Yo, shameless plug for my private events. Thanks to those of you who have already scheduled. Can't wait! For those who've inquired, I've attached the basics and please feel free to share. Cheers :)
As the air turns crisp, we seem to long for comfort foods. Heavier, warmly-spiced fare that's often associated with the holidays. One of my favorites is traditional gingerbread. My first memory of it was when I was very small and visiting Colonial Williamsburg for Christmas with my family. One of the shops (Raleigh Tavern because I looked it up to see if it still existed) offered thick, chewy but crumbly cookies. They are served slightly "dusty" with flour. At any rate, I was less than 5 years old and remember little else of the trip. I believe the experience spurred my love for all things molasses: gingerbread, molasses cookies and gingersnaps.
My dilemma is that gingerbread isn't terribly good for you, like any dessert. So, I've been playing around with a version that I can make in a hurry, quick-bread style. Much faster than a rolled and cut cookie, the resulting recipe is healthy enough that I leave it out in my cake dome for the kids to enjoy at their discretion.
Take note: My version does contain a bit of dairy but you could eliminate it by substituting almond or coconut milk.
1 1/3 cup of skim milk (you can sub almond or coconut for a dairy-free recipe)
1/2 cup blackstrap molasses
1/2 cup agave
1 large carrot, shredded
2 T apple cider vinegar
4 T melted coconut oil
4 T ground flaxmeal (this will work with your liquids to replace eggs)
1 cup white whole wheat flour
1 cup spelt flour
2 teaspoons baking soda
1 t allspice
1/4 t salt
3 t cinnamon
2 t powdered ginger
1/2 cup brown sugar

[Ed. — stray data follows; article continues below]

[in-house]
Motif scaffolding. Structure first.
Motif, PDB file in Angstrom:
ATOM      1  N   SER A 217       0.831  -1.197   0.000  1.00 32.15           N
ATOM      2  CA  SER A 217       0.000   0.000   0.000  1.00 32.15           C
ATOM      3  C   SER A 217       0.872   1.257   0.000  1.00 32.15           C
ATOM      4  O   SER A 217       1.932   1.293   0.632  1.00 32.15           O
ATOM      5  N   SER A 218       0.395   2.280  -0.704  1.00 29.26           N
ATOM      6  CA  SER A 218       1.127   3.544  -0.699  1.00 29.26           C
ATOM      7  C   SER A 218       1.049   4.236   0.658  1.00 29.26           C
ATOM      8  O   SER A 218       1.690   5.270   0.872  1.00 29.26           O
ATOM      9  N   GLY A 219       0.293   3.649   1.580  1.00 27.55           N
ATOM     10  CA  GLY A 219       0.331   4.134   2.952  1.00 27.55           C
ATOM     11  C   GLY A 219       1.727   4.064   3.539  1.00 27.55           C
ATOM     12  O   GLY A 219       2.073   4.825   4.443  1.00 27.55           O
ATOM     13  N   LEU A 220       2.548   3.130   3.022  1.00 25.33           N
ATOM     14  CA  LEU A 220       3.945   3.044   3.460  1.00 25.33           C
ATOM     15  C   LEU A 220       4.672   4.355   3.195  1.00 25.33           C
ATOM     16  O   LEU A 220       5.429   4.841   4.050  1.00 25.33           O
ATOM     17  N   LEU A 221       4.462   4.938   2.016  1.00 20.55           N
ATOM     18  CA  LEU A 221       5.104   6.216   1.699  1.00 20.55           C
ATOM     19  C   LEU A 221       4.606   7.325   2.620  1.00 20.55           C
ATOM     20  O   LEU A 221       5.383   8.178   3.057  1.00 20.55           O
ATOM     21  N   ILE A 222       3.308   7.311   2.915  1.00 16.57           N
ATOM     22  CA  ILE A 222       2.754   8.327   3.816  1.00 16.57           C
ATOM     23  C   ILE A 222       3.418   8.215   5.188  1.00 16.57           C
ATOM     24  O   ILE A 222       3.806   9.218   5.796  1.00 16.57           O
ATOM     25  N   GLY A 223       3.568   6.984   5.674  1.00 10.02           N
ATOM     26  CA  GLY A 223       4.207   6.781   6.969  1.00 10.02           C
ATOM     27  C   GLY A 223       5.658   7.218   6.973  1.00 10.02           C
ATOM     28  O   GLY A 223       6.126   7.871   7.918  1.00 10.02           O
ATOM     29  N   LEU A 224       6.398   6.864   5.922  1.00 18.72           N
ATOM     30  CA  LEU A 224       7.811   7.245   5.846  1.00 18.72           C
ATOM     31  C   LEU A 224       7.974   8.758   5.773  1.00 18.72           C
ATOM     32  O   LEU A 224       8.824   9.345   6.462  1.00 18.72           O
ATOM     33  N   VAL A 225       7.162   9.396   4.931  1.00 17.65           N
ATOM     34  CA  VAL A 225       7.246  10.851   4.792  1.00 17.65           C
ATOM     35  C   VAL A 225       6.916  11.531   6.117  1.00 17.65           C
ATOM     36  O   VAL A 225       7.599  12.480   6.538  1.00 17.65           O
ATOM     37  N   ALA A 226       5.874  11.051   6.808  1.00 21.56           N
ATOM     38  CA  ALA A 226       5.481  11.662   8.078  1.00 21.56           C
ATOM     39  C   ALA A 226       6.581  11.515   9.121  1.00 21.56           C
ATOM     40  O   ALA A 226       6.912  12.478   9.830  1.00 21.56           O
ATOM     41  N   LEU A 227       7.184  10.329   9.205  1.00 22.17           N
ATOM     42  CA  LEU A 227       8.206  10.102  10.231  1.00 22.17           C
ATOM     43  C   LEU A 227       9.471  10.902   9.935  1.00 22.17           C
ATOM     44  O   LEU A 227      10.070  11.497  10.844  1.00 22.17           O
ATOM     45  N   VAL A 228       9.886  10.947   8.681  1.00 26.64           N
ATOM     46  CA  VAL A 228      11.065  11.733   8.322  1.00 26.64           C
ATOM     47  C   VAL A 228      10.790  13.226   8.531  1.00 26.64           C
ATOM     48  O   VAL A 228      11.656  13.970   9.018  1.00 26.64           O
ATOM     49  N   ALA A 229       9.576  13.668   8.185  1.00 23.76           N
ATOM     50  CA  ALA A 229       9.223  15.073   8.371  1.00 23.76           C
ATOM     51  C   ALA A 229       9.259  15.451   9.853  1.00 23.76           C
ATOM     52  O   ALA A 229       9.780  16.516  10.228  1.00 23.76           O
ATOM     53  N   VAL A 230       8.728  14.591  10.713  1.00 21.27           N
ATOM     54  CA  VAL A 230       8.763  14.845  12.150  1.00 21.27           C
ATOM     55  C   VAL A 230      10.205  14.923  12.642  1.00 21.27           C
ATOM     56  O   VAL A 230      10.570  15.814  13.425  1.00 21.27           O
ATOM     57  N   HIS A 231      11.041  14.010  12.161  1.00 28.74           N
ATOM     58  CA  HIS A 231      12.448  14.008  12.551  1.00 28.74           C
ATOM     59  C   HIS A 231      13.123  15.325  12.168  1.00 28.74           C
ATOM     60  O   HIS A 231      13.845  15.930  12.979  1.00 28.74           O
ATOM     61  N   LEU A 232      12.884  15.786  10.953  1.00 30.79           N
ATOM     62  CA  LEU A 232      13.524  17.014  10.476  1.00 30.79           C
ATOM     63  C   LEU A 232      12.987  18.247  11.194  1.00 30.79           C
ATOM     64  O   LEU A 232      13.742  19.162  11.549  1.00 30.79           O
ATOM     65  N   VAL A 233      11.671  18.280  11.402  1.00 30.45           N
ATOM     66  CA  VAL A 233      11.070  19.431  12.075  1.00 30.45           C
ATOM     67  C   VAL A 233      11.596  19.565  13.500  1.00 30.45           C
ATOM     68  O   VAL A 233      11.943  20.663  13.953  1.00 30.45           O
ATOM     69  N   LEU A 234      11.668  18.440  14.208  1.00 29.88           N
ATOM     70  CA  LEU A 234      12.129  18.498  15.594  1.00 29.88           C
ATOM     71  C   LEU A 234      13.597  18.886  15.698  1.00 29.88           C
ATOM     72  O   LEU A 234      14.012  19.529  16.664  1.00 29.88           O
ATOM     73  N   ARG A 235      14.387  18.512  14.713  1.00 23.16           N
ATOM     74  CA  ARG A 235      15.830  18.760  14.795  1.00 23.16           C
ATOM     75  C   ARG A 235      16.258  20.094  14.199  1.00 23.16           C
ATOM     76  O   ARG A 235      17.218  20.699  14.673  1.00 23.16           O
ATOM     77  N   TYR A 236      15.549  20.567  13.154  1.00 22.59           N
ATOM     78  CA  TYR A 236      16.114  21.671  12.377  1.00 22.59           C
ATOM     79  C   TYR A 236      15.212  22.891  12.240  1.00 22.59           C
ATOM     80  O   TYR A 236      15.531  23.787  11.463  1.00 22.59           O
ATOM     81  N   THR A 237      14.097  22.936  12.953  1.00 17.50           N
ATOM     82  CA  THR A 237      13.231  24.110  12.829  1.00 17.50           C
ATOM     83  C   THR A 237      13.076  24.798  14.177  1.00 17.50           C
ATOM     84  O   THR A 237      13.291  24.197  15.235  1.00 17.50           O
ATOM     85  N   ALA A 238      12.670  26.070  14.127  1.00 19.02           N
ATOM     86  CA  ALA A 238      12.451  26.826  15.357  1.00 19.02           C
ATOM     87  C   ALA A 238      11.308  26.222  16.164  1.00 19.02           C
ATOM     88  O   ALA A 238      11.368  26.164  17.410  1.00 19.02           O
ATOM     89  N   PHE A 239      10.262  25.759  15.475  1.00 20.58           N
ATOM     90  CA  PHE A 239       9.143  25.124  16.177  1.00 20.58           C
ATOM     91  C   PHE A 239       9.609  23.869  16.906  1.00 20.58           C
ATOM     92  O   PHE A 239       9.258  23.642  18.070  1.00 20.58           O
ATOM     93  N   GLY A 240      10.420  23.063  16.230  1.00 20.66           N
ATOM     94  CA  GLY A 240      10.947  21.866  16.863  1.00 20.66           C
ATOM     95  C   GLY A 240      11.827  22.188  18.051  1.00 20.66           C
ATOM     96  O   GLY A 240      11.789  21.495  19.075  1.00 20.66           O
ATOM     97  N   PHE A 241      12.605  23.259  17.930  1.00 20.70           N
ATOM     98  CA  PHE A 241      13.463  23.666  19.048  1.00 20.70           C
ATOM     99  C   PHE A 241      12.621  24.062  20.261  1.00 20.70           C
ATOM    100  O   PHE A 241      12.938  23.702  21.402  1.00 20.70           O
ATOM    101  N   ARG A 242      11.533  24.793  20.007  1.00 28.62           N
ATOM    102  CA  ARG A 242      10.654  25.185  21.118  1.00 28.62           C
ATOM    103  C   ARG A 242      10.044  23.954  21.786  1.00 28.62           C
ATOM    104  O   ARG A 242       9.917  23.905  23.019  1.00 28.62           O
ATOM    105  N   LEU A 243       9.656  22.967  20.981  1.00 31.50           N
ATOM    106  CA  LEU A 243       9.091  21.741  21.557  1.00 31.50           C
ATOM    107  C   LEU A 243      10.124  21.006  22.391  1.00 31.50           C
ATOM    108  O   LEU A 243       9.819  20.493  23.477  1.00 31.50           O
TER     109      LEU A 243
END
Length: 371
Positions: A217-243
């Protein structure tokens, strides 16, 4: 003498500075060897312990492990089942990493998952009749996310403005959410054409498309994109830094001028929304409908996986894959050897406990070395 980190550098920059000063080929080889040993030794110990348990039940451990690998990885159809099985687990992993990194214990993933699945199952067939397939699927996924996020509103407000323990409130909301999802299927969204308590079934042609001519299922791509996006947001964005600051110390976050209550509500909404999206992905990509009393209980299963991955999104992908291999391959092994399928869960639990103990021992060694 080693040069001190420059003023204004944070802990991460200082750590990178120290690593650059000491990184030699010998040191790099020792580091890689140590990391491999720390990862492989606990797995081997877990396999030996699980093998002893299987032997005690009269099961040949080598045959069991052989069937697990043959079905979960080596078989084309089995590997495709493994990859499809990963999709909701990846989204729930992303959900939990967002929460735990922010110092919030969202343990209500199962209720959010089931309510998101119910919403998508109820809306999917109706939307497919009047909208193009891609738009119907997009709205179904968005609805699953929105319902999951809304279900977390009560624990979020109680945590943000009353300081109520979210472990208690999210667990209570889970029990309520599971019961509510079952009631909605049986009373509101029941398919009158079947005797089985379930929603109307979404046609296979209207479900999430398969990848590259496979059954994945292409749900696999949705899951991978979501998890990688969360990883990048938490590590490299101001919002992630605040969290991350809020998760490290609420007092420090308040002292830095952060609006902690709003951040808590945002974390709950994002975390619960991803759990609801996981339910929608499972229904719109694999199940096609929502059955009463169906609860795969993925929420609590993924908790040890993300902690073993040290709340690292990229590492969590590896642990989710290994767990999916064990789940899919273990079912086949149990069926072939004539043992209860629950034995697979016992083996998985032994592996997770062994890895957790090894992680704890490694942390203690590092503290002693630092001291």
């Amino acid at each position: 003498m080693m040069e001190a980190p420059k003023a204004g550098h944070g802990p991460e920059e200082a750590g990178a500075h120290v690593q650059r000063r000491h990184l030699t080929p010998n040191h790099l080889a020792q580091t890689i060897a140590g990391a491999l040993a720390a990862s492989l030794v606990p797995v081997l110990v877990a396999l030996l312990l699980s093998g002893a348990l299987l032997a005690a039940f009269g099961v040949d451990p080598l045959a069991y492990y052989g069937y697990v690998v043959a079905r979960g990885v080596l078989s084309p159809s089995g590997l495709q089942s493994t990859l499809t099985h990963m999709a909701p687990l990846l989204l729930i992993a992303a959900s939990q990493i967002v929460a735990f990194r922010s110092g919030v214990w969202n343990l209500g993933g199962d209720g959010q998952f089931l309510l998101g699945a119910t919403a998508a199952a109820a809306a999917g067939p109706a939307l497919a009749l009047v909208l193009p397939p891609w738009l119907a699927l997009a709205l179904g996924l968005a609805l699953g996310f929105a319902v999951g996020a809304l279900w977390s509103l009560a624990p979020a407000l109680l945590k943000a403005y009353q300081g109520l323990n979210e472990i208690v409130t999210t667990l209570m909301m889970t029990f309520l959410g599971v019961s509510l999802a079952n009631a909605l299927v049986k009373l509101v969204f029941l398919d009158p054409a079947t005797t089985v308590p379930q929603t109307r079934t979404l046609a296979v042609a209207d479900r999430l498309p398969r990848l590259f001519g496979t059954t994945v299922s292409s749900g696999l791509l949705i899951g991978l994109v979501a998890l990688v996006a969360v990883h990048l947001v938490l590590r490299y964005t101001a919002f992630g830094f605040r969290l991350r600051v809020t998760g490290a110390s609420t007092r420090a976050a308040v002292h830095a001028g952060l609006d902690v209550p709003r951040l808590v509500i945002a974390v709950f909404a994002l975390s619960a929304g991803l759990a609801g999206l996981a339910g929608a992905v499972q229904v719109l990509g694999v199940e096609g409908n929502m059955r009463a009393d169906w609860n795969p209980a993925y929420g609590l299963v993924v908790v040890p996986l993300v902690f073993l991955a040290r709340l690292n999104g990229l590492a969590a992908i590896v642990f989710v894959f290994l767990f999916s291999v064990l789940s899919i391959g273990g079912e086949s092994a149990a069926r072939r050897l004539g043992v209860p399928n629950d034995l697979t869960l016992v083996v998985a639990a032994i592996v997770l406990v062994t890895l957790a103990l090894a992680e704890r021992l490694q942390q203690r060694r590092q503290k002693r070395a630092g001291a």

-Preheat oven to 400 F and spray a bundt pan with non-stick spray (I use organic coconut spray).
-Combine all ingredients in a large bowl and stir to combine.
-Pour into bundt pan and allow to "hang out" for 5 minutes to insure the flax meal is doing it's job.
-Bake on middle rack for 25 minutes. Allow to cool for 15-20 minutes in the pan before loosening the cake gently with a knife and inverting onto a plate.
PRO TIP: Serve warm with a small amount of fresh whipped cream to turn a slice from snack to dessert.
'Shrooming may have a different connotation for some of my "vintage" readers. We're not getting THAT wild today, but I am going to share a little of my newest obsession with you: gathering wild mushrooms. You need to know this about me: I obsessively love mushrooms. I once enjoyed a 6-course meal at Martini House, a landmark Napa Valley restaurant, that was entirely made of mushrooms. Yep, even dessert. 'Twas a tiny demitasse of frothy mushroom "cocoa" with an equally petite, sweet mushroom cookie atop. Such an interesting and delicious meal that it remains on my top 10 list.
Every Spring, as a foodie, I've looked for morel mushrooms with limited success but otherwise, I haven't historically foraged. I've begun to educate myself about the edible fungi in my area and find that I keep an eye to the ground wherever I go. Check out what I've discovered. I'm hopeful it inspires you to give mushroom hunting a try.
Because a case of mistaken identity could be very harmful, I'm sharing three unique sorts that are fool-proof for new foragers. Each is so unusual, that even their "look-alikes" don't really look much like them. They are Morels, Chicken of the Woods and Puffballs. A word of caution: if you aren't absolutely sure that you've identified any mushroom correctly, you should NOT eat it. Better safe than sorry.
Morel mushrooms are typically found in the springtime and have a distinctive honeycomb appearance (left). One of the most sough-after mushrooms in the world, they are prized by gourmet cooks, mushroom enthusiasts and chefs.